About six years ago we wandered into the city of Siena in Tuscany while on holiday. To be honest we had no idea what to expect as we entered this gorgeous city with narrow cobble stone streets and old buildings with history in every brick and wooden door.
We noticed that many of the people wandering around the town were wearing scarves and it took a while to realise it was to do with a famous horse race and not a soccer match!
Sitting in a cafe on one of these narrow streets doing our share of people watching and soaking up the atmosphere we started to hear some drumming and a crowd chanting …. this chant got louder and louder and a pattern emerged. You could hear males chanting this song, then women, then children and then everyone together and the magical sequence started again.
Louder and louder the chanting seemed to get closer to where we were sitting – eventually the group were led by some flag wavers and a horse with a trainer, followed by hundreds of men, then children and then women all continuously chanting.
The hairs stood up on the back of my neck and this was the moment I fell in love with Siena and the Palio.
The Palio di Siena (known locally simply as Il Palio) is a horse race that is held twice each year, on July 2 and August 16, in Siena, Italy. Ten horses and riders, bareback and dressed in the incredible colours, represent ten of the seventeen contrade, or city districts.
The race itself (after hours of pomp and ceremony, believe me!), in which the jockeys ride bareback, circles the Piazza del Campo, on which a thick layer of dirt has been laid, three times and usually lasts no more than 90 seconds. The race is frantic with jostling between jockeys who are often thrown off their horses while making the treacherous turns in the piazza. The winner is greeted by incredible celebrations from the supporters from that contrade.
This year was the forth time we have come to Siena for both the beautiful place (the city is beautiful and it is located in the middle of Tuscany and the Chianti wine growing region) and the festival and I wonder why do we keep coming back when there are so many other fabulous places to be discovered?
Is it the pomp and the ceremony, is it the beautiful city or is it the excitement of the race?
This year I think I finally figured it out … All of the things that I have mentioned make Siena and the Palio very special and if you look at the pictures or the clips on YouTube you will get a sense of it.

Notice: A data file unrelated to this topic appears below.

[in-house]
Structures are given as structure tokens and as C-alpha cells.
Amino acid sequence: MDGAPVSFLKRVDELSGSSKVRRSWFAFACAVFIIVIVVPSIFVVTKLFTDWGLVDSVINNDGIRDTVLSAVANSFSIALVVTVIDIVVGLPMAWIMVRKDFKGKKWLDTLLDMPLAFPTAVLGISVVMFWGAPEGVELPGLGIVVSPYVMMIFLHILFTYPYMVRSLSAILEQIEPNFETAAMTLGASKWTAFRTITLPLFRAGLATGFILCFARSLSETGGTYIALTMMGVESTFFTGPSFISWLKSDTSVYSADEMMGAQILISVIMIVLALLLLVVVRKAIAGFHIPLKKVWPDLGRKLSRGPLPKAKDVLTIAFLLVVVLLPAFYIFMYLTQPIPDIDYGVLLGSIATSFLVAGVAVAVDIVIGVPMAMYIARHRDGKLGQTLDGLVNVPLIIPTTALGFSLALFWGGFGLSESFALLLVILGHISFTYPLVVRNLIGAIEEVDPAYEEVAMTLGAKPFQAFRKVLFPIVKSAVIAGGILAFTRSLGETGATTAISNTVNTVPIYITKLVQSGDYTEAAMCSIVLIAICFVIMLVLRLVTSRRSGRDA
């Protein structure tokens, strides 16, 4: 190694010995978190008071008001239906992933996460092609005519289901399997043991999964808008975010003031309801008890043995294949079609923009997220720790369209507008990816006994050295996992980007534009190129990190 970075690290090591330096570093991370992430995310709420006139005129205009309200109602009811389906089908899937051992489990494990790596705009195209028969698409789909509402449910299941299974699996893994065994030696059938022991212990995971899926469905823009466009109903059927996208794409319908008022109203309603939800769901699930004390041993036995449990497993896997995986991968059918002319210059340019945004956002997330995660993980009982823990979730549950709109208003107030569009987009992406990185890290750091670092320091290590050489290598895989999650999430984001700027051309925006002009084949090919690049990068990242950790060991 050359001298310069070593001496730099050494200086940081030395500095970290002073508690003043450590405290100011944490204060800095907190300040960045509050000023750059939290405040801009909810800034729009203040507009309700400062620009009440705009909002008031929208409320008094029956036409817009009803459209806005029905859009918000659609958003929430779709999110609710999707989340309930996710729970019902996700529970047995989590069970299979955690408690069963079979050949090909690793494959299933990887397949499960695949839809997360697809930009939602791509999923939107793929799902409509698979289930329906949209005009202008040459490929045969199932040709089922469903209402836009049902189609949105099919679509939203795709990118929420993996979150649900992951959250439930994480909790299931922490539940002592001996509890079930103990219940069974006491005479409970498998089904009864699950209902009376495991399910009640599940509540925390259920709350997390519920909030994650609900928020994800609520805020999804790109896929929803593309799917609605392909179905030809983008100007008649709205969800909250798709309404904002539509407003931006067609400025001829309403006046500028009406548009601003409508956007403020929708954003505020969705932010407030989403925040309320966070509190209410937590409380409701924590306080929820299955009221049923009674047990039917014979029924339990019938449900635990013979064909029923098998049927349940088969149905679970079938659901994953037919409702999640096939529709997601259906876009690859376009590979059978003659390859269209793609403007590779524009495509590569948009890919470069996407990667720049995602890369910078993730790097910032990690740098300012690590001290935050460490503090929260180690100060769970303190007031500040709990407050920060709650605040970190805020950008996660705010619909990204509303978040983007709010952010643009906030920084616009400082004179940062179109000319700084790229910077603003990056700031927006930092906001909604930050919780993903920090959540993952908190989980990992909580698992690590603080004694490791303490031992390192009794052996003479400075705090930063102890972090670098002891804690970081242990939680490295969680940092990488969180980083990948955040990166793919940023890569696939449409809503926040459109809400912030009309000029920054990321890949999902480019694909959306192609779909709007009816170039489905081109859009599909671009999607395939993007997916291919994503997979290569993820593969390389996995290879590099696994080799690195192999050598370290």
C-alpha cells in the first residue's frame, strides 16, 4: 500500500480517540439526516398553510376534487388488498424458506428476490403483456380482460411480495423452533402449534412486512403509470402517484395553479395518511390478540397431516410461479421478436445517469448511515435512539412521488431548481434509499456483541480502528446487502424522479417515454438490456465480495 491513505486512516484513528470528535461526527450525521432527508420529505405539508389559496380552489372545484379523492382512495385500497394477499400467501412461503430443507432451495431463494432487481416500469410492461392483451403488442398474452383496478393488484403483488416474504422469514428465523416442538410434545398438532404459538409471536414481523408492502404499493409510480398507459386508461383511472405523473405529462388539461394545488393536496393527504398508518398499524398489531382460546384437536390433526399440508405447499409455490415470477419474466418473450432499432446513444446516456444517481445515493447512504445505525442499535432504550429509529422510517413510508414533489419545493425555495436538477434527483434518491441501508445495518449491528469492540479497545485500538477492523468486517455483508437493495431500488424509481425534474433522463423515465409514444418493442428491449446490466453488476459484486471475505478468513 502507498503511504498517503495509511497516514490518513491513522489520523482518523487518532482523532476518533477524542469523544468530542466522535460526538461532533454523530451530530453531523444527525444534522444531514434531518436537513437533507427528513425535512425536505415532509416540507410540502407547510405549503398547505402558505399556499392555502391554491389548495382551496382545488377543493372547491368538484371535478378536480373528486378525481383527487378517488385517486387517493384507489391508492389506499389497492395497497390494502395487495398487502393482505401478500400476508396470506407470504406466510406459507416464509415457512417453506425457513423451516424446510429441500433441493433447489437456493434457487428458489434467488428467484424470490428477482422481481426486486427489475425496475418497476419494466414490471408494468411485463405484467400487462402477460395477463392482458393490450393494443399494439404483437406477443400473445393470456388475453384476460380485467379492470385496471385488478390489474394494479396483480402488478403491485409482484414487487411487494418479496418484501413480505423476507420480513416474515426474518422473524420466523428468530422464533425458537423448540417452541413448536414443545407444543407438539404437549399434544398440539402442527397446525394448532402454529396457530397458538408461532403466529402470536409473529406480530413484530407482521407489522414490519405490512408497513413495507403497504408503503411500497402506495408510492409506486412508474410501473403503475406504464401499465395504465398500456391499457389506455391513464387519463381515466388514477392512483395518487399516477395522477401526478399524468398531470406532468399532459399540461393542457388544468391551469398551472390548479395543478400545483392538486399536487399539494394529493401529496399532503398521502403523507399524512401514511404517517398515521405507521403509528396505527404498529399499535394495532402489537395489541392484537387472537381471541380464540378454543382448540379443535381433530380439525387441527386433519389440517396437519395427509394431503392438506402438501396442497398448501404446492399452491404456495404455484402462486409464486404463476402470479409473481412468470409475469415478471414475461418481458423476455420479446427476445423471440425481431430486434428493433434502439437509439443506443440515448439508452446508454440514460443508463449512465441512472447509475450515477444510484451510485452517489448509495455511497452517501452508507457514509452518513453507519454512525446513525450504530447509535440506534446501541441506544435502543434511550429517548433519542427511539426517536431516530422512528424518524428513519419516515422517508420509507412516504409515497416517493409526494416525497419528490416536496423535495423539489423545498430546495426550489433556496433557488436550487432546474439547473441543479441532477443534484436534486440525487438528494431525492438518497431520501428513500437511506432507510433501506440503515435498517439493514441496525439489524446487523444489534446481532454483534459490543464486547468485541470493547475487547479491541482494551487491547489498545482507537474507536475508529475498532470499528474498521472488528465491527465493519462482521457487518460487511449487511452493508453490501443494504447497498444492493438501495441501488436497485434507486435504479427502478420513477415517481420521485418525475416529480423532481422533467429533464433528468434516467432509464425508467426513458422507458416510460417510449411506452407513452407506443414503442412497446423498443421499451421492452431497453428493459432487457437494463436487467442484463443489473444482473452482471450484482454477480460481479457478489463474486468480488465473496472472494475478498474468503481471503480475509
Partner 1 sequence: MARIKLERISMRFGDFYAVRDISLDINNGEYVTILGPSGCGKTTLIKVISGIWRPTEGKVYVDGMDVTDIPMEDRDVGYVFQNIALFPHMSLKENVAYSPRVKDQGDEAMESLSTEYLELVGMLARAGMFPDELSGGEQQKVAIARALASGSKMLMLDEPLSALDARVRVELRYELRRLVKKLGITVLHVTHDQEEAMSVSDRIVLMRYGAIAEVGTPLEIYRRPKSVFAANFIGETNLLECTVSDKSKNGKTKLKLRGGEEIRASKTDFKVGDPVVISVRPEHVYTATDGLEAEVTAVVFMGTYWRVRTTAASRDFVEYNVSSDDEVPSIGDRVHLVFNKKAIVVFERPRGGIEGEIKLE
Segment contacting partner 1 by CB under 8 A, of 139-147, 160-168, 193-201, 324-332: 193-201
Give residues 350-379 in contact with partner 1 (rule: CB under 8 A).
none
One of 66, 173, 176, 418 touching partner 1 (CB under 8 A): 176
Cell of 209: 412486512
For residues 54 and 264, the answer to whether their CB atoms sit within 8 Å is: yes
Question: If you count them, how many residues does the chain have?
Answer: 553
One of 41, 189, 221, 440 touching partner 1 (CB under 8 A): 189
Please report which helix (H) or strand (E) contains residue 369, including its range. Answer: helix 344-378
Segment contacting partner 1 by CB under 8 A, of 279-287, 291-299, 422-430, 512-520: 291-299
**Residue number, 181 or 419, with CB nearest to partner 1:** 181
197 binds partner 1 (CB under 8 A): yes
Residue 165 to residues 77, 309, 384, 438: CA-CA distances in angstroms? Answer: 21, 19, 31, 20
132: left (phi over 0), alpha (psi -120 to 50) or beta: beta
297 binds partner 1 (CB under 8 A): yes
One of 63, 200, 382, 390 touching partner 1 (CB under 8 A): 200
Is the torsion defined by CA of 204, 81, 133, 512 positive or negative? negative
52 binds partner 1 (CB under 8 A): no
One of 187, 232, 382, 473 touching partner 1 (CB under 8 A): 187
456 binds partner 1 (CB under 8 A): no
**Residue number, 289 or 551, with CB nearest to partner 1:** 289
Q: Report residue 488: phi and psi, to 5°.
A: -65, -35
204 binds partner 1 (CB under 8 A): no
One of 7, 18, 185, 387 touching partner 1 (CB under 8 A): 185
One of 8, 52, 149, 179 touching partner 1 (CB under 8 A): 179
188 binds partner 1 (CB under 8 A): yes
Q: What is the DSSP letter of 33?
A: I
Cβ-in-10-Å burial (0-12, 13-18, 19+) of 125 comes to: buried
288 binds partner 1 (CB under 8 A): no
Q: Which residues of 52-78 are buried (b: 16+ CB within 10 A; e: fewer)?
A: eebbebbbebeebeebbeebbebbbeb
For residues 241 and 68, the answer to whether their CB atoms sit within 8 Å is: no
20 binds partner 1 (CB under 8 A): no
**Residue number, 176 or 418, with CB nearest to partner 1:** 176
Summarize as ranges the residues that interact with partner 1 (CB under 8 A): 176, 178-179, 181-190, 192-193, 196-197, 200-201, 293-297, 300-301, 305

What you won’t see online is the incredible sense of togetherness, community and belonging of the people that you will only witness when you experience the event for yourself.
They say in Siena you are baptised twice – once in Siena and then in your Contrade, which is your part of town. This is the part that means everything to you.
During the Palio practically every man, woman and child from each place comes out, participates in the blessing of the horse, the marching and the chanting. And every night (there are a few rehearsal days in advance of the “big” race) the groups get together in their part of town for a feast – you will see thousands of people all gathered, sharing food and drink proudly celebrating their colours and where they are from.
In most other countries the event would be commercialised and sponsored – in Siena it has and will always be untainted.
On the night of the Palio this year after the race was over we found ourselves walking in the middle of the crowd from a particular contrade who happened to be heading in the same direction – we listened to the chanting and we watched as people waved from the windows, even a nun was hanging out her window frantically waving her flag and cheering!
The hairs stood up on the back of my neck once again – I love Siena because for a moment you feel the power of community, you see people who are proud to march and show their colours, you feel part of something and sense the power of being together.
Do we have to go to Siena to feel like that?
Greg Canty is a Partner of Fuzion
Fuzion are a Marketing, PR and Design agency in Ireland with office in Cork and Dublin